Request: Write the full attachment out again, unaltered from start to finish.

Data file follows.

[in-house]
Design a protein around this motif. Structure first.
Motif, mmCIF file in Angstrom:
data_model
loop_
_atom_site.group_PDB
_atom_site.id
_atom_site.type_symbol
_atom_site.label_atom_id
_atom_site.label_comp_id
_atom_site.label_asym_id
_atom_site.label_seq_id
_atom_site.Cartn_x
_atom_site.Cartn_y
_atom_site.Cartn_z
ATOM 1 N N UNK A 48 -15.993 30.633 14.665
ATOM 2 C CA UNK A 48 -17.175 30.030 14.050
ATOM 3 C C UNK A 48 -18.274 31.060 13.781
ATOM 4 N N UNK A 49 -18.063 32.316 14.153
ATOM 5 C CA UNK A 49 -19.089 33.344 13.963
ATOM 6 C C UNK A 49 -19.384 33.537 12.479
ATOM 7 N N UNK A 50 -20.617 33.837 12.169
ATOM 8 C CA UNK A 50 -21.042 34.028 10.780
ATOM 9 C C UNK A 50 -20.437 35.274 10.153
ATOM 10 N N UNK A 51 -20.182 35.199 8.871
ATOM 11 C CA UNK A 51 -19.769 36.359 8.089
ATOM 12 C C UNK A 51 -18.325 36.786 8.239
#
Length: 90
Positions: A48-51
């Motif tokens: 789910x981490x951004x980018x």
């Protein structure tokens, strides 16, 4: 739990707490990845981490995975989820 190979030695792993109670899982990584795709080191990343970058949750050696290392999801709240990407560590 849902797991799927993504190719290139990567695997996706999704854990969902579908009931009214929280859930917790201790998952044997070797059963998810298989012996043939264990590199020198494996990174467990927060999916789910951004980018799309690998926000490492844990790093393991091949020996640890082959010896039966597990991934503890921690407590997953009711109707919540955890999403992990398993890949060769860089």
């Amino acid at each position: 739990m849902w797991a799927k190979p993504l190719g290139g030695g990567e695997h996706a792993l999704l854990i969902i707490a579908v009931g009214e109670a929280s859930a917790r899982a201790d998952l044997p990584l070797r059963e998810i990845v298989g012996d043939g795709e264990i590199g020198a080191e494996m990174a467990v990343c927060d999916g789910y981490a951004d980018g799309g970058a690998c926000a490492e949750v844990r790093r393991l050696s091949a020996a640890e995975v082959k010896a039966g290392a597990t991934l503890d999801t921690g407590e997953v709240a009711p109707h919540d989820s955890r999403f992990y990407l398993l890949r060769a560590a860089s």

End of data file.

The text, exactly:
[in-house]
Design a protein around this motif. Structure first.
Motif, mmCIF file in Angstrom:
data_model
loop_
_atom_site.group_PDB
_atom_site.id
_atom_site.type_symbol
_atom_site.label_atom_id
_atom_site.label_comp_id
_atom_site.label_asym_id
_atom_site.label_seq_id
_atom_site.Cartn_x
_atom_site.Cartn_y
_atom_site.Cartn_z
ATOM 1 N N UNK A 48 -15.993 30.633 14.665
ATOM 2 C CA UNK A 48 -17.175 30.030 14.050
ATOM 3 C C UNK A 48 -18.274 31.060 13.781
ATOM 4 N N UNK A 49 -18.063 32.316 14.153
ATOM 5 C CA UNK A 49 -19.089 33.344 13.963
ATOM 6 C C UNK A 49 -19.384 33.537 12.479
ATOM 7 N N UNK A 50 -20.617 33.837 12.169
ATOM 8 C CA UNK A 50 -21.042 34.028 10.780
ATOM 9 C C UNK A 50 -20.437 35.274 10.153
ATOM 10 N N UNK A 51 -20.182 35.199 8.871
ATOM 11 C CA UNK A 51 -19.769 36.359 8.089
ATOM 12 C C UNK A 51 -18.325 36.786 8.239
#
Length: 90
Positions: A48-51
């Motif tokens: 789910x981490x951004x980018x």
């Protein structure tokens, strides 16, 4: 739990707490990845981490995975989820 190979030695792993109670899982990584795709080191990343970058949750050696290392999801709240990407560590 849902797991799927993504190719290139990567695997996706999704854990969902579908009931009214929280859930917790201790998952044997070797059963998810298989012996043939264990590199020198494996990174467990927060999916789910951004980018799309690998926000490492844990790093393991091949020996640890082959010896039966597990991934503890921690407590997953009711109707919540955890999403992990398993890949060769860089």
């Amino acid at each position: 739990m849902w797991a799927k190979p993504l190719g290139g030695g990567e695997h996706a792993l999704l854990i969902i707490a579908v009931g009214e109670a929280s859930a917790r899982a201790d998952l044997p990584l070797r059963e998810i990845v298989g012996d043939g795709e264990i590199g020198a080191e494996m990174a467990v990343c927060d999916g789910y981490a951004d980018g799309g970058a690998c926000a490492e949750v844990r790093r393991l050696s091949a020996a640890e995975v082959k010896a039966g290392a597990t991934l503890d999801t921690g407590e997953v709240a009711p109707h919540d989820s955890r999403f992990y990407l398993l890949r060769a560590a860089s």